A shy child may be uninterested in taking group classes or activities, but may still get some secondary social experience by attending church events with the family or being present at a more outgoing sibling’s many activities.
The benefits of homeschool socialization are that introverted children can gradually get used to social situations at their own pace, while extroverted children still have plenty of opportunities to get the social interaction they need. No one is forced into situations that make them terribly uncomfortable, and the effects of peer pressure and bullying are generally much more minor.
Plus, parents can plan social activities that will allow their children to interact with people of all ages. Classes and activities give them an opportunity to be with other kids, while church and volunteer work may expose them to older people or people of vastly different cultures and backgrounds.
This way, children learn how to interact politely and respectfully with many different kinds of people, not just their peers and teachers.
Does Homeschooling Affect a Child’s Social Skills?
So, to summarize, public school socialization has the following pros:
- Kids have to learn how to behave in social situations because they are constantly interacting with people.
- Introverts learn to get outside their comfort zones and interact with others even if they don’t feel like it.
- Extroverts may feel most comfortable in a school environment since there are always other people around.
Those are all well worth thinking about, but you should also consider the cons of public school:
- Children mostly interact with other children and may not learn to communicate well with other age groups.
- Children may be forced into social situations before they’re ready, which may make them more withdrawn and introverted.
- The effects of peer pressure and bullying may have negative impacts on a child’s social life especially as they get older.
Meanwhile, homeschool socialization may have the following pros:
- A child’s social life is tailored to their personal needs and interests.
- Children can “go at their own pace” when it comes to socializing and aren’t forced into social situations before they’re ready.
- Peer pressure and bullying may happen from time to time, but they rarely become issues in homeschooling communities.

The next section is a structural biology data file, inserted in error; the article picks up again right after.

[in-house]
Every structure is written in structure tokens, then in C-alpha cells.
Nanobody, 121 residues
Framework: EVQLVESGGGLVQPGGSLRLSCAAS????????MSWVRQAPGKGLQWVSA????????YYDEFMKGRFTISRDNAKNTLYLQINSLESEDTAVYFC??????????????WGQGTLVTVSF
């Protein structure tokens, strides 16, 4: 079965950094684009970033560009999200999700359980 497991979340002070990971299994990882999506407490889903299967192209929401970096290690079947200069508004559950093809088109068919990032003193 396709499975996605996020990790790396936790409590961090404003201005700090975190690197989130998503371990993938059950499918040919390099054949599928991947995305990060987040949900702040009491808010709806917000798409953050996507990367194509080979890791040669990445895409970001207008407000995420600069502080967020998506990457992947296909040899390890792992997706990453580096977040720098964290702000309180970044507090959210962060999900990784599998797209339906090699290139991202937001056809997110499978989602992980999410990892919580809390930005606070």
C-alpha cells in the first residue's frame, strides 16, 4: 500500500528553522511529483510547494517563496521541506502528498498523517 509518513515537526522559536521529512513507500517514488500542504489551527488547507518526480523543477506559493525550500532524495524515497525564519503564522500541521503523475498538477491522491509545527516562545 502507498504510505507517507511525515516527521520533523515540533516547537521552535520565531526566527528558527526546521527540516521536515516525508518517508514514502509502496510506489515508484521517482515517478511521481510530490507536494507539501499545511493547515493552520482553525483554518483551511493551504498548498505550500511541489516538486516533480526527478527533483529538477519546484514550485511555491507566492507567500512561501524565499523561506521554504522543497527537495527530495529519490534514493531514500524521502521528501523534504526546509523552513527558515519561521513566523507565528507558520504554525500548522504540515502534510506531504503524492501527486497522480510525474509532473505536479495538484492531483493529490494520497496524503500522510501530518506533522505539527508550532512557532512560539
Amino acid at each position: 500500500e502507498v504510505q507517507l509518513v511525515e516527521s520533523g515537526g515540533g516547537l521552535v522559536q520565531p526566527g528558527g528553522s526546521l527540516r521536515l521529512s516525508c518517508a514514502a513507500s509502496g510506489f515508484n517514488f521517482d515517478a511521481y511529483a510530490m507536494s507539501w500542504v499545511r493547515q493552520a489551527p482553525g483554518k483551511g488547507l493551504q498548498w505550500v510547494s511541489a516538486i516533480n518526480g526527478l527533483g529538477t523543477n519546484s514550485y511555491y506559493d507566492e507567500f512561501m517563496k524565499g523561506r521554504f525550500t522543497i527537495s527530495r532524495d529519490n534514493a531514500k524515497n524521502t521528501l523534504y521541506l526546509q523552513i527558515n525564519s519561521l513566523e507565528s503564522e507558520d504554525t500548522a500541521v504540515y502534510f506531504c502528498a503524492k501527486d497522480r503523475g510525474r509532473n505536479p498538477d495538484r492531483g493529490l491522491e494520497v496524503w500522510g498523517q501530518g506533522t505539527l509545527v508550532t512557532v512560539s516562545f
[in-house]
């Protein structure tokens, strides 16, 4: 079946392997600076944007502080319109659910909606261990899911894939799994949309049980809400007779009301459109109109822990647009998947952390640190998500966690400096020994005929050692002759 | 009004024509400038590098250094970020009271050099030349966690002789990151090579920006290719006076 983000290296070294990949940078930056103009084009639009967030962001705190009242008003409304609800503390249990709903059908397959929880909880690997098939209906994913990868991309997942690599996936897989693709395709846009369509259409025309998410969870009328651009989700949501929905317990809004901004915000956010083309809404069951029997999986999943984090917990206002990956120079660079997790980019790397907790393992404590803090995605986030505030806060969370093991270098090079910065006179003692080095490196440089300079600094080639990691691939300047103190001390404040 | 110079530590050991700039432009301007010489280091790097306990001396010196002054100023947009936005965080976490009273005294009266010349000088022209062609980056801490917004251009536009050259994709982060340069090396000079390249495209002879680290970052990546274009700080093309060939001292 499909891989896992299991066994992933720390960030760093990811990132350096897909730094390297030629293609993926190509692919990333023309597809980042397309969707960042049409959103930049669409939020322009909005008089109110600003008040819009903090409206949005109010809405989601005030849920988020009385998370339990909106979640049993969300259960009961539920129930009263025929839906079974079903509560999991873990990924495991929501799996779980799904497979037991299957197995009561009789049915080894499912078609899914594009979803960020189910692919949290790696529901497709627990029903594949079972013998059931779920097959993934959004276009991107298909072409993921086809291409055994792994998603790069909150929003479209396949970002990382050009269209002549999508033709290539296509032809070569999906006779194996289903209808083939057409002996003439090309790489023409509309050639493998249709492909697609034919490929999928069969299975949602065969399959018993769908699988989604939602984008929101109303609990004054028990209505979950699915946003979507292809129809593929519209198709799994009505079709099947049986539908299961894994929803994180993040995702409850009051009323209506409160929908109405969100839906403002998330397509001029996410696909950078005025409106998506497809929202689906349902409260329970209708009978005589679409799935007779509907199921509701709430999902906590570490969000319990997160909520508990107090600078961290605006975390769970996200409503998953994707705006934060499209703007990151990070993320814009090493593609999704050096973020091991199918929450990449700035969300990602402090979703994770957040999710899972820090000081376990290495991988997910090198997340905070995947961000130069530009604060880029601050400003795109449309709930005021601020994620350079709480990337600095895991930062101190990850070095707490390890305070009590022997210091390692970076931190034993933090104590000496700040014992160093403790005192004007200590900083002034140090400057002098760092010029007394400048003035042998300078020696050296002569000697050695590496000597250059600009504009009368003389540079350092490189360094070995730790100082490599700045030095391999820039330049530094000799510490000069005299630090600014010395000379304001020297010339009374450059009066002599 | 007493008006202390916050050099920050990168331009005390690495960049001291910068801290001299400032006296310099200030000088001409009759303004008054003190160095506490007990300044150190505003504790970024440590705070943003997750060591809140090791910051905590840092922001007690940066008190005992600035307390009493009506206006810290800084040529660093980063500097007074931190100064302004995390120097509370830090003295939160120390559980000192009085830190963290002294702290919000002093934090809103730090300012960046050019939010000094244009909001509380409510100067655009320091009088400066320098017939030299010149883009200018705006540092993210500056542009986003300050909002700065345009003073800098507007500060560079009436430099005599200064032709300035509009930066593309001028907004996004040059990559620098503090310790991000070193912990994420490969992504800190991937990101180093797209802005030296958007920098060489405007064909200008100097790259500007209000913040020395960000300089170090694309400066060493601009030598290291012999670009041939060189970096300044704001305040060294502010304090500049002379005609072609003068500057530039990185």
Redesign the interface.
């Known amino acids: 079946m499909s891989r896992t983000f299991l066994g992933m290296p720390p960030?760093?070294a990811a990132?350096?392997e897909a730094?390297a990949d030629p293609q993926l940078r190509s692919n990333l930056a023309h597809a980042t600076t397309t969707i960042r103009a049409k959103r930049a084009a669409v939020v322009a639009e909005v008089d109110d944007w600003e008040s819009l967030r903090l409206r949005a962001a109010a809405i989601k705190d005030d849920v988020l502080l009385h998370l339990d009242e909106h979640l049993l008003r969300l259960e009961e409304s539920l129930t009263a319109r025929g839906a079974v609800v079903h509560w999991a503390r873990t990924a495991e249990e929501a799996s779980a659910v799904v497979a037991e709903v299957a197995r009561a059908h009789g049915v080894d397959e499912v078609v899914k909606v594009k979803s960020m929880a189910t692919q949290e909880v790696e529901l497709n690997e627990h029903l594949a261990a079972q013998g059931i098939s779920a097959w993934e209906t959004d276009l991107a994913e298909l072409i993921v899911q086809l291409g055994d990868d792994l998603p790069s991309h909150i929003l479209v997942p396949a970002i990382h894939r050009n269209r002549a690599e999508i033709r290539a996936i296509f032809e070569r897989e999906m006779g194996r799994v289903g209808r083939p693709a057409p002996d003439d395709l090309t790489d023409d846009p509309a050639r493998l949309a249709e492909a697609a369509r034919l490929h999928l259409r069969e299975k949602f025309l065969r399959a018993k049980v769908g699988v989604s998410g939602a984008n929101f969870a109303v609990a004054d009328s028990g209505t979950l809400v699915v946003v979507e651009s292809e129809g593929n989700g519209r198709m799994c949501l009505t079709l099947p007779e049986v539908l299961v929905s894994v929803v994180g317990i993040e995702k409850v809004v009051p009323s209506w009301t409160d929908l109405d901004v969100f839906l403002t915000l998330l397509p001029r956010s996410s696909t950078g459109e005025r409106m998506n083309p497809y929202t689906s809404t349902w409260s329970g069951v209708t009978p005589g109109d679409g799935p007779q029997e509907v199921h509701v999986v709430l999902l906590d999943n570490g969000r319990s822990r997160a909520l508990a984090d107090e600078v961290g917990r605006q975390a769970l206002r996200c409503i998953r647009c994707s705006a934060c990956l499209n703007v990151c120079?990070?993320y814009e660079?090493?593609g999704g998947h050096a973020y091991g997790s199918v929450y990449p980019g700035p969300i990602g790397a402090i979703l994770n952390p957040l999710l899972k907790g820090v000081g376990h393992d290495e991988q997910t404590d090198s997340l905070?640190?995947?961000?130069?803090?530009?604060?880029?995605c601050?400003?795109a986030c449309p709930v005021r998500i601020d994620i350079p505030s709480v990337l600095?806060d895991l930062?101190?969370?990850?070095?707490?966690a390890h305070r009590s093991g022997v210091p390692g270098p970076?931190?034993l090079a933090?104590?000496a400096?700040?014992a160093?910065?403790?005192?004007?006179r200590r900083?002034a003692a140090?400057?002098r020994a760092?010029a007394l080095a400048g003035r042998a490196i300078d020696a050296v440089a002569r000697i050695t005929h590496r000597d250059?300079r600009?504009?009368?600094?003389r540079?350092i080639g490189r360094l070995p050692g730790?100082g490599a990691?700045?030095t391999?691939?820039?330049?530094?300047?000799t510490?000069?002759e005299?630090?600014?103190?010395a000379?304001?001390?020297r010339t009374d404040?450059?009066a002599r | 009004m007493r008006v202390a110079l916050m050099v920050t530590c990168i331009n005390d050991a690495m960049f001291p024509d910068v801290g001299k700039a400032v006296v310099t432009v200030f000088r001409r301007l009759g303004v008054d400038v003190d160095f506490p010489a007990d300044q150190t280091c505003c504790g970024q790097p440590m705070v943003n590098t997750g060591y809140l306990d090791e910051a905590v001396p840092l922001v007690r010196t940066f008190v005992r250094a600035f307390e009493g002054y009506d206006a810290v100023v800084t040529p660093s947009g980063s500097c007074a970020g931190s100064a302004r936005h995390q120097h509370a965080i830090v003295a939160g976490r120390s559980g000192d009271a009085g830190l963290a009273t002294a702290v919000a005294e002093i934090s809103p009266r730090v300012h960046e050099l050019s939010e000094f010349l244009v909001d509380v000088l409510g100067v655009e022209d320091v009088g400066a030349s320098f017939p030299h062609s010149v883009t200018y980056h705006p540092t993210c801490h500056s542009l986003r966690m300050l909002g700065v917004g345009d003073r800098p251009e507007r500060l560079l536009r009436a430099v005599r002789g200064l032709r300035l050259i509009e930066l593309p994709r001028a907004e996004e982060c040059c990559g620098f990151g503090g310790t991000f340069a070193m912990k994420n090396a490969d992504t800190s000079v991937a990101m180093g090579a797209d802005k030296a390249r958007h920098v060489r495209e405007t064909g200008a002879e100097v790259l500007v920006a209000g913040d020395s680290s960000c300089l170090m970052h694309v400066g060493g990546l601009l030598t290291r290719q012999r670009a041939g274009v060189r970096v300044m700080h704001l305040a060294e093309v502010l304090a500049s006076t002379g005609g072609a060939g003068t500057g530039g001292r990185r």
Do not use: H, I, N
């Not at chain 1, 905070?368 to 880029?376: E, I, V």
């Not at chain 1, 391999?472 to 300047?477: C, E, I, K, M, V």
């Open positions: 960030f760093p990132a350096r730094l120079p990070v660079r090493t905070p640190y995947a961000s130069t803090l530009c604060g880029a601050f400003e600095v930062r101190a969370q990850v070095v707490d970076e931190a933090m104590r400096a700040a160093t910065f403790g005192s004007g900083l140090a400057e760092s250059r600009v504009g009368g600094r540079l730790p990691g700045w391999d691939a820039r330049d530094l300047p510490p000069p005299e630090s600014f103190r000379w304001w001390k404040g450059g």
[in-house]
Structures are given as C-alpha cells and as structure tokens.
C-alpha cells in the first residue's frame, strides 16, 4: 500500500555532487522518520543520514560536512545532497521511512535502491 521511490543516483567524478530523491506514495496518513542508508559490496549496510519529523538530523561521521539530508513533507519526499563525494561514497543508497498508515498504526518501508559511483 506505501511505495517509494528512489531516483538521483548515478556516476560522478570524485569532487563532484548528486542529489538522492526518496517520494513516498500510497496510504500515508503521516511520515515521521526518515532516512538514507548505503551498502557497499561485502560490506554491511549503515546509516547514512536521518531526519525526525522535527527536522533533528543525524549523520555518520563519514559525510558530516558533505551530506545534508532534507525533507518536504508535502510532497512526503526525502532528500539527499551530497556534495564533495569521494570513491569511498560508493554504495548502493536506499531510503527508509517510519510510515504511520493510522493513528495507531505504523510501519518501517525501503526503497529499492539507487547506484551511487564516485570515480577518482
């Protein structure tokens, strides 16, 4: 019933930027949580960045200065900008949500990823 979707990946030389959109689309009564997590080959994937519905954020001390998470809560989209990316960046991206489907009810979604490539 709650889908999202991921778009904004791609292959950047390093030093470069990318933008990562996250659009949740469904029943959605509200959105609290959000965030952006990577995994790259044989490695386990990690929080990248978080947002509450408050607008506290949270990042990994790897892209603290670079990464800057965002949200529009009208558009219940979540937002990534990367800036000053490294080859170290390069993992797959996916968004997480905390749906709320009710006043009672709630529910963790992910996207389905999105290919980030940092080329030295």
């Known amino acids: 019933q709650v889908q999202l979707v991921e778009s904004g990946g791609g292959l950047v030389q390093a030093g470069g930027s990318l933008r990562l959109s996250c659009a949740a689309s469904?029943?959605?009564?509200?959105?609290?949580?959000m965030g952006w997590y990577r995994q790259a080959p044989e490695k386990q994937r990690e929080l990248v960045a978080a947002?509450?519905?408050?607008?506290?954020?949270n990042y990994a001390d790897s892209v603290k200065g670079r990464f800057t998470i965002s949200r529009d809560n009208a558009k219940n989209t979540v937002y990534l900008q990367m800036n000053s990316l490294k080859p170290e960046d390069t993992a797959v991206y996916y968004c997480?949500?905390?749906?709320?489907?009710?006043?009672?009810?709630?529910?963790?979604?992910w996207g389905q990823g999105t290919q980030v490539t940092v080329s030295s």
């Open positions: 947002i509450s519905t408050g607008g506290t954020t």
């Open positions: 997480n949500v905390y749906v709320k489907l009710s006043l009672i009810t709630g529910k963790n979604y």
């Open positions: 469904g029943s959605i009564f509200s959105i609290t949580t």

But, like anything, it also has its downsides:
- Extroverted children may not like being homeschooled.
- Some introverted children may never develop necessary social skills unless something forces them to.
So, to answer the question of whether homeschooling affects a child’s social skills, the short answer is an emphatic yes.
Their social skills are positively affected by their exposure to people of all ages and walks of life, their protection from bullying, and their ability to expand in their social skills when they’re ready.
That’s not to say that homeschooling is the answer for everyone. As noted above, some children thrive much better in a traditional educational setting. Highly extroverted children may need that constant social interaction, while highly introverted children may need it as a catalyst to push them outside their comfort zone and teach them to interact.
But, by the same token, it’s easy to see that with all the activities and groups available to homeschoolers, the myth that homeschooled children don’t get to socialize is just that–a myth. Many homeschooled children learn how to socialize just as well, if not better than, children who attend public school.
If you’ve been considering homeschooling your children, then chances are you found this article because you’re concerned about the social lives of homeschoolers. Hopefully, this article has been able to put your mind at ease on the subject.
There are many, many different ways homeschooled children can socialize, not only with other children, but with adults in safe environments. The list at the beginning of this article is only the tip of the iceberg. The truth is, if you decide to become a homeschool family, you and your children get to do socialization your way.